Family by Family

We want to see all families thrive not just survive

Biologically informed design

Thursday, September 13, 2012

One of my favourite things about being a designer in the social space is the diversity of subject areas I’ve had the chance to deep dive into. I’ve spent time uncovering how cities work best for people, how we can enable great living in later life and, most recently, how families can make change happen for themselves.

co-design with sharing family kids

One of the best bits about diving into such diverse content is the range of new ideas and concepts that I’ve had the chance to discover. Recently, the Family by Family team spent a day learning from Dr. Bruce Perry who is one of the world’s leading experts on childhood trauma and brain development. I expected to learn heaps of stuff that could help me design more powerful interactions for families where trauma is a factor, and I did, but I also discovered concepts that I suspect may reach even further…

In describing how brains grow, Bruce talked about the need for relational connection and painted a picture of the smaller multi-family, multi-generational groups of centuries ago when it really did take a community to raise a child. His essential message was that brains need love to grow. What fascinated me was that this wasn’t a hypothesis, or longing for bygone days but rather his work is biologically informed. He’s proven that what the human brain and even the human body needs is relational connection and he’s using that perspective of seeing the complexity of what’s really going to point to potential solutions in the childhood trauma space.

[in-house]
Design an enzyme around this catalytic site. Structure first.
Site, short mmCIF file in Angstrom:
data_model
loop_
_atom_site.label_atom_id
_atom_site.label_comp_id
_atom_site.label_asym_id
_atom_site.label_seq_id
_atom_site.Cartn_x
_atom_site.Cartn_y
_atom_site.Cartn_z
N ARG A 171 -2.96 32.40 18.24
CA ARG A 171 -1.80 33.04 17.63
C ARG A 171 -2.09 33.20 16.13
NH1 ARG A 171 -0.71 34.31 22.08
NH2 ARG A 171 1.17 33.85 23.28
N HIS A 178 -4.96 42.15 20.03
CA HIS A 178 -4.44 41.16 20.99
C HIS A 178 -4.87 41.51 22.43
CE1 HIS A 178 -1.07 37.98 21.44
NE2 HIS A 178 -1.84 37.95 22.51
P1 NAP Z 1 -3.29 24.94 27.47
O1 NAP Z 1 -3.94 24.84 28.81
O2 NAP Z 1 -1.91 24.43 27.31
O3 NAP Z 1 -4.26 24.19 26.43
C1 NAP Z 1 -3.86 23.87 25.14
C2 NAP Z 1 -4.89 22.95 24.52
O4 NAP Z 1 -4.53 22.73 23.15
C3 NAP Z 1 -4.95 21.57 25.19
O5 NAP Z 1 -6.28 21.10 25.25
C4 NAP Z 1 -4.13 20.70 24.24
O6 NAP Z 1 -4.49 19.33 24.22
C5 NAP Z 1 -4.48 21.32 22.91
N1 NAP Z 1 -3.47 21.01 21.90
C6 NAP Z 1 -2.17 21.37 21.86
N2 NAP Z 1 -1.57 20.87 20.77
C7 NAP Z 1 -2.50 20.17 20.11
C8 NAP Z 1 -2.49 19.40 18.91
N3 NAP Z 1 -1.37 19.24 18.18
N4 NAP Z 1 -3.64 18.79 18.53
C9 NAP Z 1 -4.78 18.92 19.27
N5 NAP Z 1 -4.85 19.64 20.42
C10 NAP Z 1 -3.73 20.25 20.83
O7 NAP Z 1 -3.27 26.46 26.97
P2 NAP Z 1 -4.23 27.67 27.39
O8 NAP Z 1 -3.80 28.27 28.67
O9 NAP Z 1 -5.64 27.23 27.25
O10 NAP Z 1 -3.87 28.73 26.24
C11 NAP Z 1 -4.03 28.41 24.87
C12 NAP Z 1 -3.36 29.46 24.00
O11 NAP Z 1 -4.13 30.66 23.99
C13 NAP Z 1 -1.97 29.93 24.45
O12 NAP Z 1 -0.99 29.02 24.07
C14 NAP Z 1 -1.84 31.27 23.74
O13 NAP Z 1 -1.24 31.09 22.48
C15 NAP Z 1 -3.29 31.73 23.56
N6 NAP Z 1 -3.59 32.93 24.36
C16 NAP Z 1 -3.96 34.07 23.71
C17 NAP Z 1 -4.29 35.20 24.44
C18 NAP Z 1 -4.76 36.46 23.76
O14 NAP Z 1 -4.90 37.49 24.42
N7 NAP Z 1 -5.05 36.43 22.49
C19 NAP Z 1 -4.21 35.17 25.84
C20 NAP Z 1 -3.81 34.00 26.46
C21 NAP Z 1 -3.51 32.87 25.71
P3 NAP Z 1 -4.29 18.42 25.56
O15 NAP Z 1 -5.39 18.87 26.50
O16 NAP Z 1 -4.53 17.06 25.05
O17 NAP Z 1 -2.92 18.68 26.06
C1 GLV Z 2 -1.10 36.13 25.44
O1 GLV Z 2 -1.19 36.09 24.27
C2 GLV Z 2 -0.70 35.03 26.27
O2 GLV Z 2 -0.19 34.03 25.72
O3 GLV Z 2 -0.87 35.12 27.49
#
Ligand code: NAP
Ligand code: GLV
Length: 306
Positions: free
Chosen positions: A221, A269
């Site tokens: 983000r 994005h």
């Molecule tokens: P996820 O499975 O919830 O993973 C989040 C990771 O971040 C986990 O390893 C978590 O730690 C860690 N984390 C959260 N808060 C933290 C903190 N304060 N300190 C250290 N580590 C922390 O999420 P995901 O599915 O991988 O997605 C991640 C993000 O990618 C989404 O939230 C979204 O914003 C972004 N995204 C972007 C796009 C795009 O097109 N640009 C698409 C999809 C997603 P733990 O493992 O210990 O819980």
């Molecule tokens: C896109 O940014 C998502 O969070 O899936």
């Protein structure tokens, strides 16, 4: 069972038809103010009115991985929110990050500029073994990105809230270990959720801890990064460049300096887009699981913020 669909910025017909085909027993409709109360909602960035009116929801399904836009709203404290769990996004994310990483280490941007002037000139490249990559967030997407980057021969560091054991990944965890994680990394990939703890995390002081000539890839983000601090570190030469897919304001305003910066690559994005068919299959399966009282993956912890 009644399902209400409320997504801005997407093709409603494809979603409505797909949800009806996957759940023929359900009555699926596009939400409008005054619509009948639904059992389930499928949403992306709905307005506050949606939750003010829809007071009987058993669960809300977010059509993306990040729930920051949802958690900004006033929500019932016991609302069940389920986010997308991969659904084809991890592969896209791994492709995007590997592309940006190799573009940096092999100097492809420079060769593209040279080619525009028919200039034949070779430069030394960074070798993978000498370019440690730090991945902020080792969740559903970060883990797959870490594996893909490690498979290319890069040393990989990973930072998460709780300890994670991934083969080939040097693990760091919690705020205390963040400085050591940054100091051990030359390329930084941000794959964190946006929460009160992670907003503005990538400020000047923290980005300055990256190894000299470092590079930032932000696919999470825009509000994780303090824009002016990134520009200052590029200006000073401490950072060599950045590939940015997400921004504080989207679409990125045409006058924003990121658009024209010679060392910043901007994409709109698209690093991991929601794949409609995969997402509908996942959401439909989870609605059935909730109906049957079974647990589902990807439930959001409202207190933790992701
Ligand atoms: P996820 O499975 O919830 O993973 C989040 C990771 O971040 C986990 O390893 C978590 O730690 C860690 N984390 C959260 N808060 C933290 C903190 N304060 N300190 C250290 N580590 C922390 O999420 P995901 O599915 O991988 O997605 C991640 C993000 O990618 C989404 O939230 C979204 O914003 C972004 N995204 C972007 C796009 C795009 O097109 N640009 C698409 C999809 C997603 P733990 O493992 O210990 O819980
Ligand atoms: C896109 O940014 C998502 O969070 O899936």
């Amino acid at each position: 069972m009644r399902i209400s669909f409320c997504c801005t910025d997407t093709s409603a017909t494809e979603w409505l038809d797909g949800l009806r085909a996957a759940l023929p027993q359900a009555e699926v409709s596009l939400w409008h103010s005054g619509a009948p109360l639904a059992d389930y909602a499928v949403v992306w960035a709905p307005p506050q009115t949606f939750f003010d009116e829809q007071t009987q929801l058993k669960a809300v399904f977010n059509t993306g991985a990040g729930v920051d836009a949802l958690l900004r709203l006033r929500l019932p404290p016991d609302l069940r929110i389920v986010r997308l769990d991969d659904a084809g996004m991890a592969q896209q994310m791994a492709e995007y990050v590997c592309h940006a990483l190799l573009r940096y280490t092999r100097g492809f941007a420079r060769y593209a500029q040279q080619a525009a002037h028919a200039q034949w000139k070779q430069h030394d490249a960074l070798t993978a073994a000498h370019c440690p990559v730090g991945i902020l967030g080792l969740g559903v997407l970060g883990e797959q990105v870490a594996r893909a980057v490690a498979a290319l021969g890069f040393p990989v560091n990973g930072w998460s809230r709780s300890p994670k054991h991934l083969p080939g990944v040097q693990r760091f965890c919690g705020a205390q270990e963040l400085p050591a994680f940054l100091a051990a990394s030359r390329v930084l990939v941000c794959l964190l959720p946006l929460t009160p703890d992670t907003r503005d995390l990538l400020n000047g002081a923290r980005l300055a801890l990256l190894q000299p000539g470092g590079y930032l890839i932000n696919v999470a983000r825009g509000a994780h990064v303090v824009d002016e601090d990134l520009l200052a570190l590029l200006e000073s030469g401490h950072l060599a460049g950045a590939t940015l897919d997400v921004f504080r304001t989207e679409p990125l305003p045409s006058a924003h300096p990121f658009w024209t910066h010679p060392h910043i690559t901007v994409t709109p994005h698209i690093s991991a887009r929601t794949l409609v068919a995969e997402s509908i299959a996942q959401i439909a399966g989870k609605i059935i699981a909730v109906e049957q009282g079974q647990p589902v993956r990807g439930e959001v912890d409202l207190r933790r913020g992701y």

Listening to him talk about the changing modern world, and how the human body cannot keep up, I couldn’t help but think about all the projects I’ve worked on. So often you discover an idea, a solution, something you’ve spent months crafting, only to hear that people love it because it feels like something from the good old day; from creating neighbourhood sharing initiatives, to positive interactions between people and spaces, through imagining more “real” relationships between old people and carers, to fostering empathic kids and enabling families to show new ways of doing family, most if not all the things I’ve worked on creating probably happened naturally 2000 years ago.

It seems as though the world most of us now live in doesn’t fully match our biological needs, though it’s clearly amazing in so many ways. I’m really not too sure yet what all of this means, if anything at all, but I’m super curious to see where the idea goes. It’s as though there’s a new question out there. Could intentionally ‘biologically informed design’ create an even better world for people to live in?
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